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GCN Circular 13069

Subject
GRB 111228A: possible detection of the SN with the TNG
Date
2012-03-16T13:03:08Z (12 years ago)
From
Paolo D'Avanzo at INAF-OAB <paolo.davanzo@brera.inaf.it>
P. D'Avanzo, A. Melandri (INAF-OAB), E. Palazzi (INAF-IASF Bo), S. Campana
(INAF-OAB), M. Della Valle (INAF-OAC), E. Pian (INAF-OATs), R. Salvaterra
(INAF-IASF Mi), G. Tagliaferri (INAF-OAB) report on behalf of the CIBO
collaboration:

We observed the optical counterpart of GRB 111228A (Ukwatta et al., GCN
12737) with the Italian 3.6m TNG telescope on 2012 Feb 1.16 UT (34.5 days
post burst) and March 13.91 UT (76.2 days post burst). Observations were
carried out in the R and I bands. The counterpart is well detected in the
two epochs in both filters, with a magnitude R = 24.3 in the March
observation (calibrated using Landolt standard stars). The late value is
likely dominated by the host galaxy.

Differential photometry reveals that the source faded between the two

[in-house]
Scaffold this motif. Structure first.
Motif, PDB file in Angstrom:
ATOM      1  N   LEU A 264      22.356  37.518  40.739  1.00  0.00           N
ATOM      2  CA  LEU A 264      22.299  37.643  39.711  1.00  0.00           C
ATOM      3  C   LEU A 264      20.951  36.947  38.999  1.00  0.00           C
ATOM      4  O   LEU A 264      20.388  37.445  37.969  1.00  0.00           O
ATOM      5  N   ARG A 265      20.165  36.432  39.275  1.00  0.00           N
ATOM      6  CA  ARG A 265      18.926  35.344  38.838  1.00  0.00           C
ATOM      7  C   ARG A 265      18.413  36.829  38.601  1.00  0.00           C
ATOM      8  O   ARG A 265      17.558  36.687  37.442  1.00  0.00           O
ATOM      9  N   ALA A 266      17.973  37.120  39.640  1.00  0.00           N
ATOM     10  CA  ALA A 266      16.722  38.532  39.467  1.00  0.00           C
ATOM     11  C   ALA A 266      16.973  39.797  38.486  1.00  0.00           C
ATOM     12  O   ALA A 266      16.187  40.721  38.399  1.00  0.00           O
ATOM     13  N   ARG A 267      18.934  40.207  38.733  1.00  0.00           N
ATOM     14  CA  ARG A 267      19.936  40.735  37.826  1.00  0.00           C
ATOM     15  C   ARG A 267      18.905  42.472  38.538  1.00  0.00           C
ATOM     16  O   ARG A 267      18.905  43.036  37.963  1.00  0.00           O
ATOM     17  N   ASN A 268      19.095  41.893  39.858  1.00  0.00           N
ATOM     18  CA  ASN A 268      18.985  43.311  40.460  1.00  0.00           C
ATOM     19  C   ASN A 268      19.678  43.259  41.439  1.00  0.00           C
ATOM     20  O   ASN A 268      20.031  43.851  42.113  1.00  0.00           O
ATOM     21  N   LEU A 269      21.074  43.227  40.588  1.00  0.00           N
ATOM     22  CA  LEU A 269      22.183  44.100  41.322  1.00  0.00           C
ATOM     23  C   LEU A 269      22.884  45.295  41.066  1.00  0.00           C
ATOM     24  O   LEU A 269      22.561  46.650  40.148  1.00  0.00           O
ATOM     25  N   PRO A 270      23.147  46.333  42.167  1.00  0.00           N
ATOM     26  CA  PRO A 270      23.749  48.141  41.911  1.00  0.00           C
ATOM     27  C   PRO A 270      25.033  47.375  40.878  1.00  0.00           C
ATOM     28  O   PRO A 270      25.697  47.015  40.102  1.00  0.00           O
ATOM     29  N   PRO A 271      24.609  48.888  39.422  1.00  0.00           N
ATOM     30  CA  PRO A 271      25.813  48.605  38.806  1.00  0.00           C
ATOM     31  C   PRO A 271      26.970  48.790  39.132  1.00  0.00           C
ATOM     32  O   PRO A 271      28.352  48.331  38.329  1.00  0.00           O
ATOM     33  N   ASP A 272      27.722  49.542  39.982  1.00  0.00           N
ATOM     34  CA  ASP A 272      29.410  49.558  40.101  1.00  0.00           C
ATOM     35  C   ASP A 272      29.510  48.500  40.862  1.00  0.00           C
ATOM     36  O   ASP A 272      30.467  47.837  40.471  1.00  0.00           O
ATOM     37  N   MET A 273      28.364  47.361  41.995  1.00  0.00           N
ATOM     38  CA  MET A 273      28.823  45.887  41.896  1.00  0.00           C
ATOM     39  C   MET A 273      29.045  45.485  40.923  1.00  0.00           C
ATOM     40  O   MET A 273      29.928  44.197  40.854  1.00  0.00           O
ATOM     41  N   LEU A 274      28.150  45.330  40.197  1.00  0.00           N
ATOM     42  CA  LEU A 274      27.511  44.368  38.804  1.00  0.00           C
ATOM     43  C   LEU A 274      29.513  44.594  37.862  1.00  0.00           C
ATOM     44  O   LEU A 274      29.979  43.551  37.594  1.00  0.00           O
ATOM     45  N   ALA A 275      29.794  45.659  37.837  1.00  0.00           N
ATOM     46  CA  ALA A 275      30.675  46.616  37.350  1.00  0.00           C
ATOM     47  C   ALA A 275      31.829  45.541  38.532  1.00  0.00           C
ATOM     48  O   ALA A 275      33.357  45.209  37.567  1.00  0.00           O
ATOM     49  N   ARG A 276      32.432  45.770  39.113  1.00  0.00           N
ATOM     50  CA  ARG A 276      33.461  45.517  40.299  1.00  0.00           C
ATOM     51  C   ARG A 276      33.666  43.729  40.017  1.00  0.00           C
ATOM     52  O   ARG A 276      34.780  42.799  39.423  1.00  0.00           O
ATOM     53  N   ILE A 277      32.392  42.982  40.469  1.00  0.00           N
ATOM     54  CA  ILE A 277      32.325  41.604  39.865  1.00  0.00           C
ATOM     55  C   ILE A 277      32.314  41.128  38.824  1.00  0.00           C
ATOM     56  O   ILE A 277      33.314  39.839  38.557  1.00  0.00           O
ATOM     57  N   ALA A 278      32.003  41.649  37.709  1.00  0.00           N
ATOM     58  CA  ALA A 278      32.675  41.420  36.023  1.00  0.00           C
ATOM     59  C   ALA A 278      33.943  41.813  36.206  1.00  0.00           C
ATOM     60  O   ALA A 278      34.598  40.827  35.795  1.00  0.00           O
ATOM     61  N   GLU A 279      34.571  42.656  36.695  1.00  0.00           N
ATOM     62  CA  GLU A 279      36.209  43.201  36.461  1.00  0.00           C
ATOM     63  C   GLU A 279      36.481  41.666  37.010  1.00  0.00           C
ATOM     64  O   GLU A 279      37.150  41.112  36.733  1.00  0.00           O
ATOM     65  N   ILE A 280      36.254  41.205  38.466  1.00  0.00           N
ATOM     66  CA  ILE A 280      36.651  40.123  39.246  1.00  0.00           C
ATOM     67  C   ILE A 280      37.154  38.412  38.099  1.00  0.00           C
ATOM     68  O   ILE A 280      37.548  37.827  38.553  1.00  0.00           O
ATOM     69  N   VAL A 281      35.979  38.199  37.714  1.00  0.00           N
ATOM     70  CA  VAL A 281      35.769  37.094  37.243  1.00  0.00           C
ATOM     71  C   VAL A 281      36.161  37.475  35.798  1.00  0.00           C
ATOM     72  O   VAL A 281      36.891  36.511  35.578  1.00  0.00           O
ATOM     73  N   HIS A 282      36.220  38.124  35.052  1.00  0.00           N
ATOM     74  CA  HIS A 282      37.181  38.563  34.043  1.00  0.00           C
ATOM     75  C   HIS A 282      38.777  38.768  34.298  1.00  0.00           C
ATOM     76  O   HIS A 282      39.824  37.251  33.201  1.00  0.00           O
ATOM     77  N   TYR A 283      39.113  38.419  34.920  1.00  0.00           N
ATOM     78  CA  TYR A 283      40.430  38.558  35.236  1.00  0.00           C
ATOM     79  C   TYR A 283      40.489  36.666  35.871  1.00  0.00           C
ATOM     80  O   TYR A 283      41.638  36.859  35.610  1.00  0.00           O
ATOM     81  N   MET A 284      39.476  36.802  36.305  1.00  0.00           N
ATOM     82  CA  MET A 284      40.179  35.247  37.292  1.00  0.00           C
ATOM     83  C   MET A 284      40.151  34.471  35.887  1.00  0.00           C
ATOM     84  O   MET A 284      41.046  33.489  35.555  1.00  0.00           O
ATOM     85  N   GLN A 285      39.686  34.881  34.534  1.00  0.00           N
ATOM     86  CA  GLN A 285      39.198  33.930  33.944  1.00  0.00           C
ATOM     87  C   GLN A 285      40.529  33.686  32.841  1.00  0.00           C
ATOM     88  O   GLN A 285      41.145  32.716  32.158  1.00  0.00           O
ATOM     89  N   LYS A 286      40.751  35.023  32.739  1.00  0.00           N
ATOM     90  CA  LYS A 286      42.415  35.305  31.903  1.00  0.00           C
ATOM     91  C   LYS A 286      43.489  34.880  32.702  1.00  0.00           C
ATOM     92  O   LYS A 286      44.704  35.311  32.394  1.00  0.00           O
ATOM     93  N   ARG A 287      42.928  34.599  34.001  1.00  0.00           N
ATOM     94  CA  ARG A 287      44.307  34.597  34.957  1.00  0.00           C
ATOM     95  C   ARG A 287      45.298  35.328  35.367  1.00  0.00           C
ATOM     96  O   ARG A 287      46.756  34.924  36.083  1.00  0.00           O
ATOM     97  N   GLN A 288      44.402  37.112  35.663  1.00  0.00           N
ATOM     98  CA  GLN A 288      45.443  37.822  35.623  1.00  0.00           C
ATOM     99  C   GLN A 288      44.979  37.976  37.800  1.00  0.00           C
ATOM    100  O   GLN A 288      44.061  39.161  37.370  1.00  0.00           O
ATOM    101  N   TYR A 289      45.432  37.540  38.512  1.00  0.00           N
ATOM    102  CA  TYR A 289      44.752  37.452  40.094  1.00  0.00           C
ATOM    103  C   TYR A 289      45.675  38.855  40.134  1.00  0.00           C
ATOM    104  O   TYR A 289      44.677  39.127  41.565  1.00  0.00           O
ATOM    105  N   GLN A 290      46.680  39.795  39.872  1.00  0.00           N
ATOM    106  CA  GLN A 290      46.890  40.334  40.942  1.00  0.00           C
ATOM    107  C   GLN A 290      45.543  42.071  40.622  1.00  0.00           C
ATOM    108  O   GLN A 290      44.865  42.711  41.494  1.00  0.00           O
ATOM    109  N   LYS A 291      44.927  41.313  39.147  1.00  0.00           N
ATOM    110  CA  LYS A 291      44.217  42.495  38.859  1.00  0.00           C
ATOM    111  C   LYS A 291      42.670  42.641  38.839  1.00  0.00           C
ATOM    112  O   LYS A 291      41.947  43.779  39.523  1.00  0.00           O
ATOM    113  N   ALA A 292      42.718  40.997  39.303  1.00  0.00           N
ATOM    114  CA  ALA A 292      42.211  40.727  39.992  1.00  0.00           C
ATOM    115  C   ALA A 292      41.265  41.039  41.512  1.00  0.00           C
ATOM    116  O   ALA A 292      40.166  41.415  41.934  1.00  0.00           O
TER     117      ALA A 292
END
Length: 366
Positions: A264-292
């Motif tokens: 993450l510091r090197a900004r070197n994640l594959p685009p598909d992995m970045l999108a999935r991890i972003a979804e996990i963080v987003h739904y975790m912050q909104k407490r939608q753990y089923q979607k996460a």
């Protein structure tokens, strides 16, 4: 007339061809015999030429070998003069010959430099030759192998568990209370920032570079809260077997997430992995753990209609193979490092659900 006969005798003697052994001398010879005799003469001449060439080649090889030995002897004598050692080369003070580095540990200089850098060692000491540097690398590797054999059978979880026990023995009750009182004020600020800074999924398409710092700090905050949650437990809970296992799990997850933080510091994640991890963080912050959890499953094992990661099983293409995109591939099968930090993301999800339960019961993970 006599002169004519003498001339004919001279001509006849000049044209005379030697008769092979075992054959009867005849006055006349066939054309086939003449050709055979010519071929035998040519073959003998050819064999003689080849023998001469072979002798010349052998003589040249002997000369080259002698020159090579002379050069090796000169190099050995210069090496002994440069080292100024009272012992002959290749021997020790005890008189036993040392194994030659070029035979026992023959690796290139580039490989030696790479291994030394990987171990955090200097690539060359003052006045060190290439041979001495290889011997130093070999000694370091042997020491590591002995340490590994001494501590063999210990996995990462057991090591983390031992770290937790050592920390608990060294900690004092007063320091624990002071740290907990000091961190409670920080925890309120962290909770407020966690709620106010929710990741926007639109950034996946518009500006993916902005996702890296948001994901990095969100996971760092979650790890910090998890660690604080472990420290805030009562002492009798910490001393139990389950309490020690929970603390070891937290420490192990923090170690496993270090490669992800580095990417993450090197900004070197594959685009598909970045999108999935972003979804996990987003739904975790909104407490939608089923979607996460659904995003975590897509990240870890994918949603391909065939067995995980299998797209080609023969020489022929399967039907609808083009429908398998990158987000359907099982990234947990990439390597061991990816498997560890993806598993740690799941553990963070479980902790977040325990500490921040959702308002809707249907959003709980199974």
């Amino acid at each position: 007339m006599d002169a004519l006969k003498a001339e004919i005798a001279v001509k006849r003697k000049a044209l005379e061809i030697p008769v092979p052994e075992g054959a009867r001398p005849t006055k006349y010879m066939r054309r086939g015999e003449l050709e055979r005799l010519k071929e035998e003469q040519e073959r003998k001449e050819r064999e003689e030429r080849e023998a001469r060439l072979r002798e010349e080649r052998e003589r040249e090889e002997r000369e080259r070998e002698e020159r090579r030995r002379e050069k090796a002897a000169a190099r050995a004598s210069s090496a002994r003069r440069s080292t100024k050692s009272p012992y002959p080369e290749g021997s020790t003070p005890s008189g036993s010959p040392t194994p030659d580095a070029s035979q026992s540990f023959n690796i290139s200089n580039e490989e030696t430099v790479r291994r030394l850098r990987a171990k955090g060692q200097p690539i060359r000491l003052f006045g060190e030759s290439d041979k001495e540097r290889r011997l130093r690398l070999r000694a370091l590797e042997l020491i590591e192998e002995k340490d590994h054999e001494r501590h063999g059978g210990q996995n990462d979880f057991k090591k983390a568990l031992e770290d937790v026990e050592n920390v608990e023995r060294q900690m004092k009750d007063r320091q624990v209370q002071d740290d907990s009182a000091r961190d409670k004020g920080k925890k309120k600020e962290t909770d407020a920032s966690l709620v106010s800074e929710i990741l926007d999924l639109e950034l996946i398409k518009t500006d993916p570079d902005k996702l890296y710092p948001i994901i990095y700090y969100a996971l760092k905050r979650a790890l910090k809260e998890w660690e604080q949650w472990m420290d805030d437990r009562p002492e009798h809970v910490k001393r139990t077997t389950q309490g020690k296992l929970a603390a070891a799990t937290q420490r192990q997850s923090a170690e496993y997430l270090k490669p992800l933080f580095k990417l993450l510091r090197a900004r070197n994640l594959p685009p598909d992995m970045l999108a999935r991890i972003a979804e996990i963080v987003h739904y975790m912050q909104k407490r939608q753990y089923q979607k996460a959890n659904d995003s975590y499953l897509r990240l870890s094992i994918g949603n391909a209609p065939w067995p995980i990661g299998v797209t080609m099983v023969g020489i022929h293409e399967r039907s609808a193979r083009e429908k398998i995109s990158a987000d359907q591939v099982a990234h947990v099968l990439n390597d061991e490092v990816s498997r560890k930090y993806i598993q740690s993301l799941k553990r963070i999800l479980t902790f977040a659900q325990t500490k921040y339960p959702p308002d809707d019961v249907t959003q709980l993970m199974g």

epochs by 0.4 +/- 0.2 and 0.9 +/- 0.1 mag in the R and I band,
respectively. The observed fading indicates that a transient component was
present during our February observation. This could be due to residual
afterglow emission, or to the presence of an emerging supernova (SN).

After subtracting the host galaxy flux, the color of the transient on
February 1 is very red, with
R-I ~ 2. This color is not typical of GRB afterglows, and is much redder
than measured at early times for this object (e.g.,  r'-i' = 0.17 AB at t
= 0.57 days: Nicuesa Guelbenzu et al., GCN 12757). Such a red spectrum, on
the contrary, is consistent with that of a type-Ic SN at z=0.72 (e.g.,
Dittman et al., GCN 12759), since the observed R band corresponds to the
rest-frame U, where severe line blanketing suppresses the SN flux.  Also,
the I-band magnitude of the transient is comparable to that of SN 1998bw
close to the peak of luminosity, placed at z=0.72.

Although a more accurate analysis of the afterglow behaviour is necessary,
based on the above arguments, we believe to have detected the emission
from the SN associated with GRB 111228A.


We acknowledge the TNG staff for their support, in particular Luca Di
Fabrizio and Daniele Carosati.
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